Three months ago, Johnny Depp and his wife Amber Heard, an actress more known for promoting her bisexuality than the quality of her films, brought their dogs illegally into Australia, without the requisite paperwork.
Like any sensible First World country, Australia tries to control the importation of animals to prevent disease and other risks. After the canines’ presence was inadvertently publicized on social media, the celebrity owners were given 48 hours to remove the animals or they would be euthanized.
The omission set off a gargantuan scandal and many rushed to ridicule the Australian government’s “heavy-handed” response (it’s actually standard procedure, similar to destroying abandoned luggage). Amber Heard spectacularly threatened to boycott Australia because government officials were looking for “15 minutes of fame” (if so, maybe like her bisexuality marketing?).
She nonetheless came back to Queensland, where Depp is filming another Pirates of the Caribbean film, and was charged by Australian authorities with the unauthorized importation of animals and making a false declaration.
Do as I say, not as I do
Fundamentally, Heard’s sexuality is her business. And if she wants gay rights, you would expect her to logically support gay marriage. What I find amusing about her “advocacy,” though, is the way that it dovetails nicely with her career.
There’s no better way to market yourself as your working life starts to really take off than revealing you bed other women and support gay rights. If you haven’t already noticed as well, celebrities invariably support those causes that are a) widely popular, or b) won’t lose them financial opportunities.
Fast forward a little while and here we have Heard lambasting the Australian government for having the audacity to investigate why dogs entered Australia without the proper permits. It appears that equality only goes so far with Amber Heard. In the context of being a celebrity who profits from every second of attention, she advocated openly and vociferously for gay marriage equality. Yet as soon as the spotlight of responsibility is turned on her, she thinks she and her entourage are above the rules that govern everyone else.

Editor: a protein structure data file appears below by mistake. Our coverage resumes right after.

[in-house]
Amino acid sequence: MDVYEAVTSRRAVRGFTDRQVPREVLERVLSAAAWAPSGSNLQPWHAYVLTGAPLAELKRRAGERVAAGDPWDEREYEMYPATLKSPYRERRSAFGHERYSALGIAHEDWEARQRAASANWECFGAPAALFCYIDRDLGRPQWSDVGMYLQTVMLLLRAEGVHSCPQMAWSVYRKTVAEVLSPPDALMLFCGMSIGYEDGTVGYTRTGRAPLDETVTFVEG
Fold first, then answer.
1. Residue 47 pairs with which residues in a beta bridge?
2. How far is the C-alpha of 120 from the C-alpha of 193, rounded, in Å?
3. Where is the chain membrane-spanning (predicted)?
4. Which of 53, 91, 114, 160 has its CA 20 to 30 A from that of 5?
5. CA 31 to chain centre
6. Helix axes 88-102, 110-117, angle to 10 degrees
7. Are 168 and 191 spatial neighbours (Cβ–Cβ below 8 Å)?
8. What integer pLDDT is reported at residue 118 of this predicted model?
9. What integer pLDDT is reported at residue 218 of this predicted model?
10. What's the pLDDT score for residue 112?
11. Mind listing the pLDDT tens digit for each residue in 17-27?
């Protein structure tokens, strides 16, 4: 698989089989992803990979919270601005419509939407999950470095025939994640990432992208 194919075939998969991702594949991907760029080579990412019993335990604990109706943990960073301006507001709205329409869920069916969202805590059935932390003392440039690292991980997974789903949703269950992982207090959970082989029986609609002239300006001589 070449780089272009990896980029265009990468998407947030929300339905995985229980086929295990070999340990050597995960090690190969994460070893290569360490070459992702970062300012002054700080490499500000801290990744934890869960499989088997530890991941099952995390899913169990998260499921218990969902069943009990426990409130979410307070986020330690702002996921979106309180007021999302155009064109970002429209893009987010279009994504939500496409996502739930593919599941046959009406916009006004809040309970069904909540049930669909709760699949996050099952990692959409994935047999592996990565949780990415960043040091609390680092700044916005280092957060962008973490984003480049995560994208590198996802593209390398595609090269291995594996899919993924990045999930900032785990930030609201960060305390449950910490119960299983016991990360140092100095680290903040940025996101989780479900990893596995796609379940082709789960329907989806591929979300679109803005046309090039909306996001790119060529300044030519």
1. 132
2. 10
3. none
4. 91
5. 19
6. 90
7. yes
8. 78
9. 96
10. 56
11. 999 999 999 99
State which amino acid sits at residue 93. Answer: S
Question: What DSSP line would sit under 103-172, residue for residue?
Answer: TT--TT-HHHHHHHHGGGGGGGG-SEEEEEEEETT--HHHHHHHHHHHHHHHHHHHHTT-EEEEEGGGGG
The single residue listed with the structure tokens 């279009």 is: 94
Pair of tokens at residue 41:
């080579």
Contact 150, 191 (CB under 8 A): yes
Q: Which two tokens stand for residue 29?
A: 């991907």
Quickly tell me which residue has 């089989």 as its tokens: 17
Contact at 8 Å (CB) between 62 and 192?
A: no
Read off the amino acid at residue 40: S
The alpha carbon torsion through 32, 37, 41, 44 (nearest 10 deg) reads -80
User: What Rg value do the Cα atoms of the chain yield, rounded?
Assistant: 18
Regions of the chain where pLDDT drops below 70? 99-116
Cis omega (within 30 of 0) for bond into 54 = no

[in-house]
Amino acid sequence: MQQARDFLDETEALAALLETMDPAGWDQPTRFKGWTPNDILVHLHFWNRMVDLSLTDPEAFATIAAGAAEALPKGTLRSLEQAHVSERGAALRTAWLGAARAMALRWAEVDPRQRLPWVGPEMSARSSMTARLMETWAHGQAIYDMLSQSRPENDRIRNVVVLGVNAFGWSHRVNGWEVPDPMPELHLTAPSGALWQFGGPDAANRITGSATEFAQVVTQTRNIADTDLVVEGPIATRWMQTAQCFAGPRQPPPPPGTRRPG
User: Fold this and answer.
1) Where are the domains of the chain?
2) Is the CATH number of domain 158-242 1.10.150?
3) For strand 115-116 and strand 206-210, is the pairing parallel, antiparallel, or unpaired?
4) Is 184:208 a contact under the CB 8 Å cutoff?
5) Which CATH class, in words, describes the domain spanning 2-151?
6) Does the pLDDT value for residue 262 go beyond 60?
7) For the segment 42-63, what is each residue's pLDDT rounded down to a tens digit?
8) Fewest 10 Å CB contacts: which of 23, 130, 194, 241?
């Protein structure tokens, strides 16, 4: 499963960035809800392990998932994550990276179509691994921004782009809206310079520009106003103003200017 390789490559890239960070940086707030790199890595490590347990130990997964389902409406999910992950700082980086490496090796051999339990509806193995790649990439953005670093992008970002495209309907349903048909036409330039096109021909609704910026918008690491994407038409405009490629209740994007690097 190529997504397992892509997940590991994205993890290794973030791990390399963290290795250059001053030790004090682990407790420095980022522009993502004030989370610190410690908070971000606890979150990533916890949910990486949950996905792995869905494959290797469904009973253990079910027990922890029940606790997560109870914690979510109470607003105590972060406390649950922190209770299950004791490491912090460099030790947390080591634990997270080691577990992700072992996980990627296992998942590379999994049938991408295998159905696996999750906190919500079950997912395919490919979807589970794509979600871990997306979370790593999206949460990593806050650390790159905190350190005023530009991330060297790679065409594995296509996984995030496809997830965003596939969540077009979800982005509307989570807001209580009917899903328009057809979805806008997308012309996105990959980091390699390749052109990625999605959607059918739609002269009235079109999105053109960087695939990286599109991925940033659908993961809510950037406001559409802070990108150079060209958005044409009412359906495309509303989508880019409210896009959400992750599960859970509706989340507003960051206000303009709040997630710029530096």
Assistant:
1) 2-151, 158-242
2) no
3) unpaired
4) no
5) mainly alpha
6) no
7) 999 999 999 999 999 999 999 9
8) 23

Can you, for instance, imagine yourself arguing with the TSA in New York or Los Angeles about why two canines weren’t declared and the paperwork was falsified?
Equality under the law includes being investigated like everyone else
I will not prejudge whether Heard is guilty or not of smuggling in the dogs and falsifying papers. Who is to blame is for a court to decide. But Heard’s rebuke of the Australian government speaks volumes about her grandiose sense of entitlement. People are accused of crimes, investigated because of that accusation and taken through the legal system to test the evidence all the time. How is Heard so special that she deserves avoiding the treatment the rest of us would face?
Saying that someone thinks they are above the law and not assuming their guilt aren’t mutually exclusive concepts. It’s sadly common amongst the elite that they pontificate a standard for all in one area and afterwards make their own personal standard in another.
When, using just one example, Reese Witherspoon’s husband was pulled over on suspicion of drink driving, she drunkenly asked and perhaps threatened the officer: “Don’t you know who I am?”
Celebrityhood is unabashedly replete with case studies of those who pursue all manner of popular causes (feminism, gay rights, socialism) and then are exposed for elevating themselves ahead of the pack. Heard is just one of the more recent demonstrations of this “I’m above you” culture.
Selectivity is the rule of the game
What is most disturbing about the Amber Heard incident is the way in which legions of fans (or simply dog lovers) rushed to sign petitions to save her and Depp’s dogs. Forgetting the 500 dogs who will be euthanized by animal control in their own city this month, these keyboard commandos came to save the day. It is a tragic sign of our times that large numbers of people respond to these celebrities as if they are indeed above the law.
SJWs and many celebrities have the distinct ability to project pseudo-morality that is believed. In the meantime, they behave, as far as they can, without the restrictions they try to impose on or preach to others.
Be wary of the Amber Heards of the world. They come in many non-famous shades, too. The girl who says she wants a respectful, two-way relationship with you, but tries to coax out whatever she can financially, emotionally or regarding your time. The co-worker who rants about feminism and “mansplaining” while “asserting herself” in the bitchiest way possible. The forms are numerous.
As for now, let’s hope Amber Heard starts to feel the equality she’s always rallying for… in a courtroom.